Using the fifth percentile UCVA cut-off from the reference population (defined as UCVA ≤20/40) would generate referral rates of 26.9% (432 cases) in the general population. Table 4 shows the effectiveness in terms of sensitivity, specificity, positive predictive value and negative predictive value in referral for refractive errors or amblyopia using the current UCVA cut-off. A total of 39.5% (301/762) of cases with any refractive error were detected, with a specificity of 84.5% (713/844). For amblyopia using the AAO definition, the sensitivity and specificity were 86.2% (25/29) and 74.2% (1170/1577), respectively, which are similar to the findings when using the COS amblyopia definition (86.7% and 74.2%).
When using the UCVA IOD of two or more lines as the criterion, only 4.3% (69 cases) of the general population would be referred. According to the AAO definition, this criterion detected 20.7% (6/29) of cases with any amblyopia, and 28.6% (4/14) of cases with unilateral amblyopia. For amblyopia using the COS definition, 26.7% (8/30) of cases with amblyopia were detected using such criterion.
In China, SKES was the only population-based investigation of UCVA normative distribution in Chinese preschoolers before our study.10 In order to be comparable with SKES and also to ensure that children with sight-affecting ocular conditions were excluded, we used the same stringent definition of the ‘reference population’ as SKES. However, the lowest fifth percentile in our reference population, falling in the UCVA category of 20/40, was two lines better than this found in the 36-month-old reference population in SKES (20/63). In addition, the 50th percentile in our reference population was one line better than this in SKES (20/32 vs 20/40). Two reasons might contribute to the differences between our study and SKES. First, we measured the UCVA using the HOTV chart, which is recommended and commonly used in Western countries for young children,6 7 12 while SKES used the ETDRS Tumbling E chart which is cognitively harder for the child to understand and thus affect the threshold acuity that can be achieved by the child.17–19 Second, smaller sample size of the 36-month-old children (51 cases) in the reference population of SKES might have a significant influence on the results of the UCVA normative distribution.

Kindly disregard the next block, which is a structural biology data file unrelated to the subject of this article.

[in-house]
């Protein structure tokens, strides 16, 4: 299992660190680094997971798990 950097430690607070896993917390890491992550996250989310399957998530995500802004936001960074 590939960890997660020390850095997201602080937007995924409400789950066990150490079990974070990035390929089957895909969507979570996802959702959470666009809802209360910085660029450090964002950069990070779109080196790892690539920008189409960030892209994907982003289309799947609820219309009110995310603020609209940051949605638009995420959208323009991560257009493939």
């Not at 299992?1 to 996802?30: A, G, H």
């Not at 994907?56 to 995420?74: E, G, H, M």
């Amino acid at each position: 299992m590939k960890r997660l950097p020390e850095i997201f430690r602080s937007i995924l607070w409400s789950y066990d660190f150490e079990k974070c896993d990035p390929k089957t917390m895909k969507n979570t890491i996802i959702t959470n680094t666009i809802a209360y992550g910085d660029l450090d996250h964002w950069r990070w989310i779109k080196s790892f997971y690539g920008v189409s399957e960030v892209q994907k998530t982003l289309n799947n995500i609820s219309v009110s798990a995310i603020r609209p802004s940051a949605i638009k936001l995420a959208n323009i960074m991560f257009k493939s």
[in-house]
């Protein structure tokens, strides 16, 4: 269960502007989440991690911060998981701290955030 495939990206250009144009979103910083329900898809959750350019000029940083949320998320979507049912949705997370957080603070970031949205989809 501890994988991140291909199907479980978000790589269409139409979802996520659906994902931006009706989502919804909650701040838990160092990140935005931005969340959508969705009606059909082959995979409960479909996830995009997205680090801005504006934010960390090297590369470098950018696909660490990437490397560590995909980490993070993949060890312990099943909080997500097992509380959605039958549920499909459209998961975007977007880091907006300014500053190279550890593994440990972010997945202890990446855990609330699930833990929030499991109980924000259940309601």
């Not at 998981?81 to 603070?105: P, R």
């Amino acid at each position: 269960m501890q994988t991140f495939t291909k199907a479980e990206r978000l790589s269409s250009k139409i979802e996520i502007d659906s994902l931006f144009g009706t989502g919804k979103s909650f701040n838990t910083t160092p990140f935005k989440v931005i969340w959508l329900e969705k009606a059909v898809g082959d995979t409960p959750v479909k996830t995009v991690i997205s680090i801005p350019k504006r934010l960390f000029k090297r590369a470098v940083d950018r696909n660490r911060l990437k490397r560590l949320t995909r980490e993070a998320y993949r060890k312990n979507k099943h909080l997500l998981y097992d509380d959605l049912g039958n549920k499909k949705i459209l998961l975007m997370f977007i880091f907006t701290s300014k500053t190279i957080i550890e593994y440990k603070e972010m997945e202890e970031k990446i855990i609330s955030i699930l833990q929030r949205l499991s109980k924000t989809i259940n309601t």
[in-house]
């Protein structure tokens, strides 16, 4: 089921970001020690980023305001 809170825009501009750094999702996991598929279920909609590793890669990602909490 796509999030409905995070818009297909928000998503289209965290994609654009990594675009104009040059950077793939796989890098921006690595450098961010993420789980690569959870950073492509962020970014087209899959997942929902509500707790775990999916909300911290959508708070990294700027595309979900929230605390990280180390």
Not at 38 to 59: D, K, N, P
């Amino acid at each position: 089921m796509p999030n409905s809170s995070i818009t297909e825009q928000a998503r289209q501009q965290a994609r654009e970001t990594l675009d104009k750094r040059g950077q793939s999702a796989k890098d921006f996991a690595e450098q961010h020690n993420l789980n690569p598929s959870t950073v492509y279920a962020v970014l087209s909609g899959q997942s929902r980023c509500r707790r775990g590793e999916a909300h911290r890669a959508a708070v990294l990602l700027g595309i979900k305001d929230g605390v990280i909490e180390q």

We are unable to compare the mean logMAR UCVA in our study with that in SKES as SKES did not calculate this. When our mean logMAR UCVA is compared with this obtained from the African American and Hispanic children without sight-affecting abnormalities in MEPEDS, the mean logMAR UCVA in our reference population is very close to this established in the MEPEDS 36-month-old to 47-month-old children using the ATS HOTV (0.19 vs 0.17 logMAR, respectively).6 If compared with the results obtained from the European Caucasian and Asian children without sight-affecting abnormalities in SPEDS, the mean logMAR UCVA in our reference population is close to one line worse than this tested with the ATS HOTV in SPEDS (0.19 vs 0.09 logMAR for children aged 36 to <42 months; 0.18 vs 0.07 for 42 to <48 months), and similar to this tested with the linear ETDRS or HOTV logMAR chart (0.19 vs 0.22 logMAR for children aged 36 to <42 months; 0.18 vs 0.16 for 42 to <48 months).7 However, the significances of such comparisons are not very clear, because the ATS HOTV VA test, which uses a single letter surrounded by bars optimally placed at half the optotype height from the letter optotype, is quite different from the linear HOTV logMAR chart that we used, and SPEDS did not specify the mean logMAR UCVA when only using linear HOTV logMAR chart. The better VA by approximately one line (using the ATS HOTV test) found in SPEDS when compared with our study might be due to the following reasons: (1) Non-cycloplegic refraction was performed on part of children in our reference population, which may underdiagnose hyperopia due to accommodative reserves20 21 and then produce slightly reduced VA in the reference population due to hyperopia; (2) The ATS HOTV is cognitively easier to perform by preschoolers than the linear chart22; (3) Leone et al 7 found that East Asian children had significantly poorer VA than their European Caucasian counterparts,7 which indicated that ethnicity differences might have impacted our findings.